Lets have a look at some examples to illustrate the kind of marksmanship that could be found in the war around the turn of the century. General Wynand Malan described an interesting scene in his book "Oorlogsavonture van gen. Wynand Malan," during which he mentions that one of his best marksmen and officers, Judge Hugo, could shoot away the head of a korhaan at eighty paces. Not bad, considering that it would have been factory-loaded, military ammunition. General Malan himself, seemed to have been a crack shot. He stated his preference to use his Mauser "broomhandle" pistol as his weapon of choice at close range, and from several incidents, the reader comes to the conclusion that he must have been a particularly deadly shot with it.

The fact that this Judge Hugo, must have been a good shot, can also be seen from an incident near Prince Albert, in the Little Karoo. Here, Malan invited the Judge to pick off a horseman at long distance. The judge quickly flipped up his sights to the 1,000 metre mark, and took careful aim. The shot sounded and all hell broke loose on the distant koppie. It later turned out, that Hugo had managed to hit Malan’s old arch-enemy, a very angry fellow called Colonel Doran, neatly in the leg.

All right, so Malan and Hugo must have been good shots under their circumstances. But what about the rest of the Boers? Perhaps the answer is given best in the words of a chap named Atkins, who had spent some time as a war-correspondent in South Africa. Writing on his way back to England, he wrote that: "Before the war the colonists told us that the Boer was a coward and could not shoot.

‘The old Boer may have been able to shoot’ they said, ‘but he practised on big game, and there is not much big game left now. The young Boer cannot shoot.’

They continued to say that after a couple of months in the field the Boers would fly incontinently home.

Now there never was a greater misjudgement of a national character, and when the shock of realisation came there was a natural, indeed inevitable, tendency on the part of Imperial officers to rush to the other extreme...

They (the Boers) are brave and their quickness in judging distances – in other words, of finding the range – is a lesson to riflemen or gunners of the world. People say the gunners are Germans. Well, there may be Germans among the gunners, as there may be French and Scandinavians, and Russians and Irish; but I say that most of these gunners must have had a long experience of this country.

To have the range absolutely at the second shot in this dancing, deceptive atmosphere is beyond the scope of the simple imported European gunner..." The Road to Infamy. Owen Coetzer.

During the first Anglo-Boer War, at the famous Battle of Majuba Hill, the old Boers had taken a lot of head shots. At the Battle of Spioenkop, on the Tugela river, the younger Boers did the same. Afterwards, it was particularly interesting to note that a large percentage of the fallen soldiers had head- and right-shoulder wounds, as the Boers had picked them off between the rocks. However, a good number of head-shots amongst the Boers, have also been described, attesting to some recently improved British marksmanship.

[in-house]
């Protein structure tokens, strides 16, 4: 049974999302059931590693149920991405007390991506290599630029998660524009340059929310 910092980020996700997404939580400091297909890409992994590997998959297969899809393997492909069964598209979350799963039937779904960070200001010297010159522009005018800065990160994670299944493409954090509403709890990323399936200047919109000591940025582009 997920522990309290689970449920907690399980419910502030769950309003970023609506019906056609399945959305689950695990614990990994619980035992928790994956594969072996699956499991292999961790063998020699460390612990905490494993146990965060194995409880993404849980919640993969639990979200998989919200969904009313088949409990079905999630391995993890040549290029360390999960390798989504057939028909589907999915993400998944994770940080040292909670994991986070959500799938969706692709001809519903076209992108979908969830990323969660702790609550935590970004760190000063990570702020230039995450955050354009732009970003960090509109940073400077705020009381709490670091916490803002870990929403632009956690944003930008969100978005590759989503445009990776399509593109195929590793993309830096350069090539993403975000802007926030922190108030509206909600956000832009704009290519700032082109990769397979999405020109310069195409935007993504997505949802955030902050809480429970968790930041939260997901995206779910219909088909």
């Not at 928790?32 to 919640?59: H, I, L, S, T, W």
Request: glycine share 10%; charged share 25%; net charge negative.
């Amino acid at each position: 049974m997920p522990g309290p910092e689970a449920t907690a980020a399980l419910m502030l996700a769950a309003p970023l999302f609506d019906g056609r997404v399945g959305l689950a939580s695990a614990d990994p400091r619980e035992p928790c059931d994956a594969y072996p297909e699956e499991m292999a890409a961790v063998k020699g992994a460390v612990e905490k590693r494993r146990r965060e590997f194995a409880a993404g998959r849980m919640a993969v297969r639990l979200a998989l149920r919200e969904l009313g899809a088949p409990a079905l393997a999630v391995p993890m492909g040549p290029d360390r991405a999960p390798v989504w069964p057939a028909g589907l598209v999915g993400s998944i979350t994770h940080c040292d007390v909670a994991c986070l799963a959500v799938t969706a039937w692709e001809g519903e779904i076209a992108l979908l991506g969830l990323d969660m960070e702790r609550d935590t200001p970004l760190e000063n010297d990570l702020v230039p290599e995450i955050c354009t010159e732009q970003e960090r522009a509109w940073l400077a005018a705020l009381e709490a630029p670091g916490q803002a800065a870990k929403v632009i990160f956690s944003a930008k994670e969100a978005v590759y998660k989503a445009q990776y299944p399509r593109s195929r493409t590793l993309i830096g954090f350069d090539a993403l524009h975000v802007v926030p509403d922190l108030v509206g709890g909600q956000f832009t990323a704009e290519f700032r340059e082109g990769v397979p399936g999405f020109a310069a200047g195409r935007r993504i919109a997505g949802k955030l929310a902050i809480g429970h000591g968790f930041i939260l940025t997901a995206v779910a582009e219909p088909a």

There was another interesting little incident, which goes to show that there were some foreigners that must have been equally good shots. A Russian nursing sister by the name of Sister Sophia Izedinova, described how one of her fellow-countrymen had displayed his remarkable marksmanship. Travelling by train with some Boers to Bloemfontein one day, the Russian Colonel Evgeny Maximov happened to find himself getting the cold shoulder from his fellow passengers. The Boers were curious to find out what the Russian colonel’s mission was, and he replied that he was a war correspondent. The Boers were not impressed that a competent Russian soldier should waste his time writing reports when he could do some useful work fighting. At one point, the Boers noted some springbok far out on the plains. At once it was decided that a shooting contest would be held to see who could hit a springbok. Try as they might, not one of the Boers could hit a single running springbuck from the moving train. After all, one of those present, reported the distance to be about eight hundred hards! Finally, Maximov asked for the loan of a rifle, and flipping up the sights, he calmly squeezed off. To the Boer’s astonishment, the Russian’s bullet found its mark, and the springbok immediately went down! It deserves to be said that Colonel Maximov was right there, summarily invited to join the Boer’s commandos. He eventually did too, and distinguished himself by having been promoted to the position of a fighting general in the Boer army. A lucky shot to hit a running springbok from a moving train at eight hundred yards? Undoubtedly so, but a damn good shot nevertheless!